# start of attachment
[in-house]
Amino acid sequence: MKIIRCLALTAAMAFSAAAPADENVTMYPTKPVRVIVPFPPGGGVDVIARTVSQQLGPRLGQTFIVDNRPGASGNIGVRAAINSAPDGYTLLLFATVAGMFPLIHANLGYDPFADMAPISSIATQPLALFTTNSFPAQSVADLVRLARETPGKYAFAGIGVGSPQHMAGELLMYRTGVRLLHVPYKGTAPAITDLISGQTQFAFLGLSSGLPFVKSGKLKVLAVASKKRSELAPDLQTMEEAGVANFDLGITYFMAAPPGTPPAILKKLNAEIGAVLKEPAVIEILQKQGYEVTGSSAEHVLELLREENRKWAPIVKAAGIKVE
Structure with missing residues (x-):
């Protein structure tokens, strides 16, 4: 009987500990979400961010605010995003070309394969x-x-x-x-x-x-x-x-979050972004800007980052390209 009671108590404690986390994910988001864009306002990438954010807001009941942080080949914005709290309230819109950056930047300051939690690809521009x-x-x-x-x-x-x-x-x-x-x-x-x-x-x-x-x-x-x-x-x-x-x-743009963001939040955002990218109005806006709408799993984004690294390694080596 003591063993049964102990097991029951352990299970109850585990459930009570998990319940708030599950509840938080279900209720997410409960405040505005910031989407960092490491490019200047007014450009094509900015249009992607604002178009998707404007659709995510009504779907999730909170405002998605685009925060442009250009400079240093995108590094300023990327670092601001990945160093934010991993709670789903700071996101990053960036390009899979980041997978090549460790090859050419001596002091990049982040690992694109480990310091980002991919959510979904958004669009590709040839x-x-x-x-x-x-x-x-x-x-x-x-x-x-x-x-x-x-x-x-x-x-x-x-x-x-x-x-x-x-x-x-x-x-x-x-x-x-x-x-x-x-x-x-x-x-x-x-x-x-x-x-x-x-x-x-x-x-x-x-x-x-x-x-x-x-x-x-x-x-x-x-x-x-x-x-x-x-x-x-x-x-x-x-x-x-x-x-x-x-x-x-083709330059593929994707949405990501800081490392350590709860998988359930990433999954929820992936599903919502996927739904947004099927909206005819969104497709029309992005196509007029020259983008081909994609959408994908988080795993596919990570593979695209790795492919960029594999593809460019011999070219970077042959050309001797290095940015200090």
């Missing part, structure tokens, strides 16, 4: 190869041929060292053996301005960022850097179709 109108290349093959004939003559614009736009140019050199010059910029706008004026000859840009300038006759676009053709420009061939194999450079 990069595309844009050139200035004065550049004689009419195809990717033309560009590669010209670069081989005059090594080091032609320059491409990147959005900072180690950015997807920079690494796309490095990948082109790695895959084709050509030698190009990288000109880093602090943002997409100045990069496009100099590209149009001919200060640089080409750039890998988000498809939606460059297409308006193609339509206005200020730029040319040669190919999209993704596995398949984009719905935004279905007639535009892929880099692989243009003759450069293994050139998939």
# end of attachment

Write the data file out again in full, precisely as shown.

[in-house]
Amino acid sequence: MKIIRCLALTAAMAFSAAAPADENVTMYPTKPVRVIVPFPPGGGVDVIARTVSQQLGPRLGQTFIVDNRPGASGNIGVRAAINSAPDGYTLLLFATVAGMFPLIHANLGYDPFADMAPISSIATQPLALFTTNSFPAQSVADLVRLARETPGKYAFAGIGVGSPQHMAGELLMYRTGVRLLHVPYKGTAPAITDLISGQTQFAFLGLSSGLPFVKSGKLKVLAVASKKRSELAPDLQTMEEAGVANFDLGITYFMAAPPGTPPAILKKLNAEIGAVLKEPAVIEILQKQGYEVTGSSAEHVLELLREENRKWAPIVKAAGIKVE
Structure with missing residues (x-):
């Protein structure tokens, strides 16, 4: 009987500990979400961010605010995003070309394969x-x-x-x-x-x-x-x-979050972004800007980052390209 009671108590404690986390994910988001864009306002990438954010807001009941942080080949914005709290309230819109950056930047300051939690690809521009x-x-x-x-x-x-x-x-x-x-x-x-x-x-x-x-x-x-x-x-x-x-x-743009963001939040955002990218109005806006709408799993984004690294390694080596 003591063993049964102990097991029951352990299970109850585990459930009570998990319940708030599950509840938080279900209720997410409960405040505005910031989407960092490491490019200047007014450009094509900015249009992607604002178009998707404007659709995510009504779907999730909170405002998605685009925060442009250009400079240093995108590094300023990327670092601001990945160093934010991993709670789903700071996101990053960036390009899979980041997978090549460790090859050419001596002091990049982040690992694109480990310091980002991919959510979904958004669009590709040839x-x-x-x-x-x-x-x-x-x-x-x-x-x-x-x-x-x-x-x-x-x-x-x-x-x-x-x-x-x-x-x-x-x-x-x-x-x-x-x-x-x-x-x-x-x-x-x-x-x-x-x-x-x-x-x-x-x-x-x-x-x-x-x-x-x-x-x-x-x-x-x-x-x-x-x-x-x-x-x-x-x-x-x-x-x-x-x-x-x-x-x-083709330059593929994707949405990501800081490392350590709860998988359930990433999954929820992936599903919502996927739904947004099927909206005819969104497709029309992005196509007029020259983008081909994609959408994908988080795993596919990570593979695209790795492919960029594999593809460019011999070219970077042959050309001797290095940015200090």
């Missing part, structure tokens, strides 16, 4: 190869041929060292053996301005960022850097179709 109108290349093959004939003559614009736009140019050199010059910029706008004026000859840009300038006759676009053709420009061939194999450079 990069595309844009050139200035004065550049004689009419195809990717033309560009590669010209670069081989005059090594080091032609320059491409990147959005900072180690950015997807920079690494796309490095990948082109790695895959084709050509030698190009990288000109880093602090943002997409100045990069496009100099590209149009001919200060640089080409750039890998988000498809939606460059297409308006193609339509206005200020730029040319040669190919999209993704596995398949984009719905935004279905007639535009892929880099692989243009003759450069293994050139998939």